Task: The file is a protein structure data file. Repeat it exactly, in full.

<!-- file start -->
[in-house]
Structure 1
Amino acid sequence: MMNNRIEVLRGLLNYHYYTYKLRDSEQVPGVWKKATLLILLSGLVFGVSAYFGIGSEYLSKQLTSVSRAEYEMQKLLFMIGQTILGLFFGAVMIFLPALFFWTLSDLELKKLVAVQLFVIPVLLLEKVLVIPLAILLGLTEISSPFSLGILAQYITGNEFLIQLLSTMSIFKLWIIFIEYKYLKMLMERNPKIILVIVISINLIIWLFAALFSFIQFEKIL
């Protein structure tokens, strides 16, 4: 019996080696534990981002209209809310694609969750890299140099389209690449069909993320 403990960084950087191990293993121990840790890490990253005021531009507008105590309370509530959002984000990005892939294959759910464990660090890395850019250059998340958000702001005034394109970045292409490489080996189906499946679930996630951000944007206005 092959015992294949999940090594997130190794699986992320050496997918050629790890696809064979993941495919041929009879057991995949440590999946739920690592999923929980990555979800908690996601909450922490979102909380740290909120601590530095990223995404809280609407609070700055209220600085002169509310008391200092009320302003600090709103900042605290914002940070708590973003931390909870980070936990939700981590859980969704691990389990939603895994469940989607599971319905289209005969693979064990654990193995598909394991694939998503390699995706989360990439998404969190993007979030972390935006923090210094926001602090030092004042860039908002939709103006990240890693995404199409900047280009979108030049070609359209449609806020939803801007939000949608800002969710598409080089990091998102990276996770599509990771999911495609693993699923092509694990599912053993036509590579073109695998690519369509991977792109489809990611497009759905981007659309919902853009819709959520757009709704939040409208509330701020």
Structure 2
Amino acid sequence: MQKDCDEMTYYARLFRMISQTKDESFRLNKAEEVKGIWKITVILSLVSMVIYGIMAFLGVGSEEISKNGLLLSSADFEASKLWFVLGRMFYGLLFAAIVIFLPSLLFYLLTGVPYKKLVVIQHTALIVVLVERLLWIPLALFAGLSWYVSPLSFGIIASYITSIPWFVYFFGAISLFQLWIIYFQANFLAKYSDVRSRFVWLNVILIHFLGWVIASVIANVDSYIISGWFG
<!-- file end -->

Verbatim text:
[in-house]
Structure 1
Amino acid sequence: MMNNRIEVLRGLLNYHYYTYKLRDSEQVPGVWKKATLLILLSGLVFGVSAYFGIGSEYLSKQLTSVSRAEYEMQKLLFMIGQTILGLFFGAVMIFLPALFFWTLSDLELKKLVAVQLFVIPVLLLEKVLVIPLAILLGLTEISSPFSLGILAQYITGNEFLIQLLSTMSIFKLWIIFIEYKYLKMLMERNPKIILVIVISINLIIWLFAALFSFIQFEKIL
């Protein structure tokens, strides 16, 4: 019996080696534990981002209209809310694609969750890299140099389209690449069909993320 403990960084950087191990293993121990840790890490990253005021531009507008105590309370509530959002984000990005892939294959759910464990660090890395850019250059998340958000702001005034394109970045292409490489080996189906499946679930996630951000944007206005 092959015992294949999940090594997130190794699986992320050496997918050629790890696809064979993941495919041929009879057991995949440590999946739920690592999923929980990555979800908690996601909450922490979102909380740290909120601590530095990223995404809280609407609070700055209220600085002169509310008391200092009320302003600090709103900042605290914002940070708590973003931390909870980070936990939700981590859980969704691990389990939603895994469940989607599971319905289209005969693979064990654990193995598909394991694939998503390699995706989360990439998404969190993007979030972390935006923090210094926001602090030092004042860039908002939709103006990240890693995404199409900047280009979108030049070609359209449609806020939803801007939000949608800002969710598409080089990091998102990276996770599509990771999911495609693993699923092509694990599912053993036509590579073109695998690519369509991977792109489809990611497009759905981007659309919902853009819709959520757009709704939040409208509330701020």
Structure 2
Amino acid sequence: MQKDCDEMTYYARLFRMISQTKDESFRLNKAEEVKGIWKITVILSLVSMVIYGIMAFLGVGSEEISKNGLLLSSADFEASKLWFVLGRMFYGLLFAAIVIFLPSLLFYLLTGVPYKKLVVIQHTALIVVLVERLLWIPLALFAGLSWYVSPLSFGIIASYITSIPWFVYFFGAISLFQLWIIYFQANFLAKYSDVRSRFVWLNVILIHFLGWVIASVIANVDSYIISGWFG